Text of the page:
Blair seeks to sign controversial arms deal before resigning - report
IRNA - Islamic Republic News Agency
London, June 8, IRNA
UK Blair-Saudi Arms Deal
Prime Minister Tony Blair was reported Friday to be hoping to finally sign a new arms deal with Saudi Arabia for the supply of Eurofighter Typhoon planes before he leaves office on June 27.
The Financial Times, quoting industry insiders, said there was growing expectations that the multi-billion deal, which would be Britain's biggest-ever export order, could be inked as early as next week.
News of the possible signing comes amid renewed allegations of bribes being paid for the UK's previous al-Yamamah arms deal with Saudi Arabia to supply Tornado fighters, negotiated by former prime minister Lady Thatcher's Conservative government in the 1980s.
According to the BBC, payments of more than Pnds 1 billion (Dlrs 1.9bn) were made to former Saudi Ambassador to the US, Prince Bandar bin Sultan through Britain's top defence manufacturer, BAE Systems with the knowledge of Blair's government.
The Guardian newspaper Friday also reported that Britain's Attorney General Lord Goldsmith was aware of the secret money transfers and ordered the British investigators to conceal them from international anti-bribery watchdogs.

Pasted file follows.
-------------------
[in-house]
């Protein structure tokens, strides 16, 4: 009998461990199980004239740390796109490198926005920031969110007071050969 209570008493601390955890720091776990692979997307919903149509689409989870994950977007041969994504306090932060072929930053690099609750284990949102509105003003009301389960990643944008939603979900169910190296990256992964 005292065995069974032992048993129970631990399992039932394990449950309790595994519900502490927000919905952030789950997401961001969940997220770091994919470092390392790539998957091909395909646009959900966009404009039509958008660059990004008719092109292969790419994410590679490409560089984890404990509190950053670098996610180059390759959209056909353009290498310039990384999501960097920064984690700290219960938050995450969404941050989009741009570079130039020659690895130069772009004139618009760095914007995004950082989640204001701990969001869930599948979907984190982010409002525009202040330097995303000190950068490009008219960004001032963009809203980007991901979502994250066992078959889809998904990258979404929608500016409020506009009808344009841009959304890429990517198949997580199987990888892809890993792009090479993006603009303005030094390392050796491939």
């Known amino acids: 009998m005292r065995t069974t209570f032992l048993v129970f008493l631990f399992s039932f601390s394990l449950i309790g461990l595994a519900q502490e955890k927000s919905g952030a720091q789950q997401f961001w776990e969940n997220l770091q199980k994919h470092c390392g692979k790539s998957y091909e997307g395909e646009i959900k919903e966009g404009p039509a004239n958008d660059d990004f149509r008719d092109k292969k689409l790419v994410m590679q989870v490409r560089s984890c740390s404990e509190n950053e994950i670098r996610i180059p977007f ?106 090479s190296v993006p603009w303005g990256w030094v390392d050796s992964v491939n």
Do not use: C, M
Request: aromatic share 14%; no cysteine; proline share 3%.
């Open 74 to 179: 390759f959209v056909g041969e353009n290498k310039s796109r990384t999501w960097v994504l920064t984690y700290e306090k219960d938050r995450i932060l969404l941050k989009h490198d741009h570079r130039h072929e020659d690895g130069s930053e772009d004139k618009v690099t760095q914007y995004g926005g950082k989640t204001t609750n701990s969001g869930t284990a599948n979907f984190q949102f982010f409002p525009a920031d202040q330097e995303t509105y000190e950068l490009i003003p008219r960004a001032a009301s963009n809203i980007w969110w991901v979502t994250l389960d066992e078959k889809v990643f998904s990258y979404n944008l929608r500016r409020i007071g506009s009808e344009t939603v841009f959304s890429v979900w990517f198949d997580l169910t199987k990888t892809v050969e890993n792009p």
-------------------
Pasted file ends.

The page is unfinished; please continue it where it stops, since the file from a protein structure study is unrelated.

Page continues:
Details of payments to accounts in the US were said to have been discovered by officers from Britain's Serious Fraud Office during its into BAE Systems, before Blair abruptly called a halt to the year-long inquiry.
But the Attorney General has 'categorically' denied ordering British anti-bribery investigators to conceal more than Pnds 1 billion in secret payments allegedly made to the Saudi prince.
"It is absolutely untrue that I ordered investigators to conceal payments from the OECD. This is what The Guardian alleged. It is categorically denied," he said.
Goldsmith refused to discuss the allegations, including claims that payments continued after Labour came to power in 1997, saying that he was "not going into the detail of any of the individual allegations."
"The reason is, as the Ministry of Defence has made clear and they are the responsible department, that they regard the United Kingdom as bound by confidentiality provisions. It is not for me to break those," he told the BBC Radio Four programme.
Defending the decision to halt the inquiry while attending the G8 summit in Germany on Thursday, Blair has insisted that without the intervention it would have led to the "complete wreckage" of vital British interests had it been allowed to continue.
"This investigation, if it had gone ahead, would have involved the most serious allegations and investigation being made of the Saudi royal family," he told reporters, adding that it was his job to see whether it is a "sensible thing in circumstances."
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